Light Signals RV7 RV-7 RV7A RV-7A Experimental Aircraft

ATC Light signals

Air traffic control light signals are used to control traffic with which radio contact cannot be made. To help myself remember the various signals used by ATC, I've developed this test/study guide. If you would like to give it a try you may do so by clicking the Start Test button.

Have Fun!

As you know, two-way radio communication is required before you can enter class D airspace. If you think your radio has failed, you can still land at a tower controlled airport by following the lost-communication procedure. Anytime you believe that your radio is inop, set your transponder to 7600. This will alert ATC of your plight.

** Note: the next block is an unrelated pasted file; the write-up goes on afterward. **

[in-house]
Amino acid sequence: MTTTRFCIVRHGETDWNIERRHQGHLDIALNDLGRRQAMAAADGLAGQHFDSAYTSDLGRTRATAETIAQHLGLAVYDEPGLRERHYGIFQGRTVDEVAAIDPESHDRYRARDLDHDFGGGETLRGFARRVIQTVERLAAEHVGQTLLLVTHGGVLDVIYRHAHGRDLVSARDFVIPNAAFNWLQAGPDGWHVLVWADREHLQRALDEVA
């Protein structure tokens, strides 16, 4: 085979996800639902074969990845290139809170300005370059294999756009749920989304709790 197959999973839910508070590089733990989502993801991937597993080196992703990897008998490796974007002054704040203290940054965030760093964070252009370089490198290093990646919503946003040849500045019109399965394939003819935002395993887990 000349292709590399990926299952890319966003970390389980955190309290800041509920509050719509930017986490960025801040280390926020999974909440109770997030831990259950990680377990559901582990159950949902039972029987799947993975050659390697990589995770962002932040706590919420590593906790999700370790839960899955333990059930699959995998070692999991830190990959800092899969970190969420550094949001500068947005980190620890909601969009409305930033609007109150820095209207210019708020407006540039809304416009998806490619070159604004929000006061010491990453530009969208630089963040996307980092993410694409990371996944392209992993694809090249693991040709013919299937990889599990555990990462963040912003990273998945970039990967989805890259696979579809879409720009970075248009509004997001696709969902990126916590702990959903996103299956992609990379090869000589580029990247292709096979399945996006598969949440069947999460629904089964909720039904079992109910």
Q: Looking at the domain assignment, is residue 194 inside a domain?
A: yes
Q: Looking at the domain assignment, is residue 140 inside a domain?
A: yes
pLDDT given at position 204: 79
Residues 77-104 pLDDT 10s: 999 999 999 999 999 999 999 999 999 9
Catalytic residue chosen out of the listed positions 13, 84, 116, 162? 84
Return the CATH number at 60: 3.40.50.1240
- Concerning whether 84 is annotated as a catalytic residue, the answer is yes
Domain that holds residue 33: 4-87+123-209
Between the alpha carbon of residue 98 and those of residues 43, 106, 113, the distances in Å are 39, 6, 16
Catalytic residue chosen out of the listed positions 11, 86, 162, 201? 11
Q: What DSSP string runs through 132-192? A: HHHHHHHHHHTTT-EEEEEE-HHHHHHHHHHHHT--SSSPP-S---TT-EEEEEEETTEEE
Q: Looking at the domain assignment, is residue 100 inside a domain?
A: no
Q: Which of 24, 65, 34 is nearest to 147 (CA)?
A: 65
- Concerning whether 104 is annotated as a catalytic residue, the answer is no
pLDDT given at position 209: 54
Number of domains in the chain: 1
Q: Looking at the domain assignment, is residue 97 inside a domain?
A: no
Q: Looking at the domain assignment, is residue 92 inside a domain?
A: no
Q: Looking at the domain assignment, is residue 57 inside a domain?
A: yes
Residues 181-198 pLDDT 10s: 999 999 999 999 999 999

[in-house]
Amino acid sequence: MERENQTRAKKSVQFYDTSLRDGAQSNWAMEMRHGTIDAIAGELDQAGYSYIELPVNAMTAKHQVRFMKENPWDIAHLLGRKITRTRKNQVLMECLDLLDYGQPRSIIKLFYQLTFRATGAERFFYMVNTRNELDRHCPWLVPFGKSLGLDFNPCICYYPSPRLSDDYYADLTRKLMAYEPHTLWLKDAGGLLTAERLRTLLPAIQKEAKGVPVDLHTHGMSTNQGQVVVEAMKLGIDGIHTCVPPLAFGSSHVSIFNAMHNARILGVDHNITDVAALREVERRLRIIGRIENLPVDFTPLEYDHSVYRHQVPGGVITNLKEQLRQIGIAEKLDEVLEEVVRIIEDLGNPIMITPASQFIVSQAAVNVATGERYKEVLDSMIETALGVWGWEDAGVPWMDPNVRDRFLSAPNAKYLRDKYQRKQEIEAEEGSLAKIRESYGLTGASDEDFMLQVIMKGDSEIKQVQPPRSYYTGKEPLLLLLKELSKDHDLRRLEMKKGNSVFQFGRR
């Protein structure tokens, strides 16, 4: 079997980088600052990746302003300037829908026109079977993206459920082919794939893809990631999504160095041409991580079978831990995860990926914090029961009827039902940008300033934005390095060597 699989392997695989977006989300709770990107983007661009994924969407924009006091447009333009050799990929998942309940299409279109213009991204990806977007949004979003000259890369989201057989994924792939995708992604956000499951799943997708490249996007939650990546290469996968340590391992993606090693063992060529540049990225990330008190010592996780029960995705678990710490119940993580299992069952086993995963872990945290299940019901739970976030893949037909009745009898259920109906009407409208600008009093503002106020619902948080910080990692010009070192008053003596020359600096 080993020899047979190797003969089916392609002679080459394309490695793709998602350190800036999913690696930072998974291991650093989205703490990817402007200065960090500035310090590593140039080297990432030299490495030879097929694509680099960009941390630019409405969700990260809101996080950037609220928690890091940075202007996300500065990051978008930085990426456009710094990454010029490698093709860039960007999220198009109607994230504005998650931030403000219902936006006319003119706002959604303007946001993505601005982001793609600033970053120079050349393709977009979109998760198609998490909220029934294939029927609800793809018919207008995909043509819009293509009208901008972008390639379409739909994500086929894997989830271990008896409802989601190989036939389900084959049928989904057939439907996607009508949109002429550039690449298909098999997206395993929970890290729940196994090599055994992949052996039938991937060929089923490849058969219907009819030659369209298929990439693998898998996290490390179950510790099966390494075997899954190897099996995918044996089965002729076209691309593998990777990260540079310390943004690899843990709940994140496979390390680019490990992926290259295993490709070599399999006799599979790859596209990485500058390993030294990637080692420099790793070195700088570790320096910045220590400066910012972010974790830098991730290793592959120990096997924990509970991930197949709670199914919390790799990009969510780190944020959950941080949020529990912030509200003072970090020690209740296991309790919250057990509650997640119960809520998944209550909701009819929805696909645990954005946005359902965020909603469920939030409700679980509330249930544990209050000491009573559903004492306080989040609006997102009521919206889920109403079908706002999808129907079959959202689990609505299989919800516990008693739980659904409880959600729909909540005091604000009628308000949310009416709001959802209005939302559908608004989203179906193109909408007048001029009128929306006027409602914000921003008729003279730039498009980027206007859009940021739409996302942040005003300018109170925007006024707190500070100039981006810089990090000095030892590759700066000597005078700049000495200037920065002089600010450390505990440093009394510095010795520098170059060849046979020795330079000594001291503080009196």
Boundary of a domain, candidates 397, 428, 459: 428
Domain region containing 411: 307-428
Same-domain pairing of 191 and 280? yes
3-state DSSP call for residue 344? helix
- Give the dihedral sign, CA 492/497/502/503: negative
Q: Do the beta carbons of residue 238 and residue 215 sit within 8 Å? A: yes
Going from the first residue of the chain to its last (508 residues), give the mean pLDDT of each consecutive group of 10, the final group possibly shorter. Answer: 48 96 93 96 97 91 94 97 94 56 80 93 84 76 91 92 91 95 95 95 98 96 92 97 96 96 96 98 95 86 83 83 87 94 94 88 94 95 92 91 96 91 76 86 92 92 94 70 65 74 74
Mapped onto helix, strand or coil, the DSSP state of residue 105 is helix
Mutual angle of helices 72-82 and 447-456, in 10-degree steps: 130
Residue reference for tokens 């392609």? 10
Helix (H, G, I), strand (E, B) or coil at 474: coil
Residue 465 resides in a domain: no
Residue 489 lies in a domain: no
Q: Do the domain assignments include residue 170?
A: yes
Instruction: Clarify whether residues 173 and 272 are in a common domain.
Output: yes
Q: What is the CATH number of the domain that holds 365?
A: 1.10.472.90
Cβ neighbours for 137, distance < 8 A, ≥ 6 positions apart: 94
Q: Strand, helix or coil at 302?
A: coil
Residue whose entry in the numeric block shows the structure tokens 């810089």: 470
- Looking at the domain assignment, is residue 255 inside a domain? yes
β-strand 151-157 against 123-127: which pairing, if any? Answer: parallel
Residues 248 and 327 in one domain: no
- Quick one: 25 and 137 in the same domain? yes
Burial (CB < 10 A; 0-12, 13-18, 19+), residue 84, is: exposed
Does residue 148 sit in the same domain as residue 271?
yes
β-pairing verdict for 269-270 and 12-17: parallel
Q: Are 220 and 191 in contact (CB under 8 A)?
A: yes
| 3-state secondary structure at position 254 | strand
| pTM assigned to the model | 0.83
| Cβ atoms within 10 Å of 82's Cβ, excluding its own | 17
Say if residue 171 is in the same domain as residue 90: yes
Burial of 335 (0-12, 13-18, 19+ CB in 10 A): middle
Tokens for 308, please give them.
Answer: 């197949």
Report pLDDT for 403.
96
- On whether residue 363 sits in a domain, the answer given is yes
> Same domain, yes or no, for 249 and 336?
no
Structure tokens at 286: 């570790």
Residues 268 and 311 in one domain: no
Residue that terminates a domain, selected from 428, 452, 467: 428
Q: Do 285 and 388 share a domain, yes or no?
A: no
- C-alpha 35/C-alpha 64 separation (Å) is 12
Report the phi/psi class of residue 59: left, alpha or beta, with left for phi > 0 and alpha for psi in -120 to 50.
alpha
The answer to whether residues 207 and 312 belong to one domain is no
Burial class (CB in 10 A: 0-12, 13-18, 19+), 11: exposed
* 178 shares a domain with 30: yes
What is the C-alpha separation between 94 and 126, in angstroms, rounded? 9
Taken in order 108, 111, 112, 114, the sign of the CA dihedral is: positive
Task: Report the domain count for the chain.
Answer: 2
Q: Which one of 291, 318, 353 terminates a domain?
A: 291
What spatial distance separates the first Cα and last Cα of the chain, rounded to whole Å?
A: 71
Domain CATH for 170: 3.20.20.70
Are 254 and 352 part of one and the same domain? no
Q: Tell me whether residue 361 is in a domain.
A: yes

Remain outside class D airspace until you can determine the direction and flow of the traffic. Then, if you believe that only your receiver is inop, advise the tower of your aircraft type, position, altitude and your intention to land. then join the pattern and stay in visual contact with the tower. Obviously if both transmitter and receiver are inop, you won't be able to tell the tower of your intent. In that case, just stay outside class D airspace until you can determine the direction and flow of traffic, the join the pattern and maintain visual contact with the tower.

Upon receiving light signals, you should acknowledge then by either rocking your wings if in the air during the day, moving your elevators if on the ground during the day, or if it's night, flashing your landing light or navigation lights. 


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Last updated: November 18, 2003.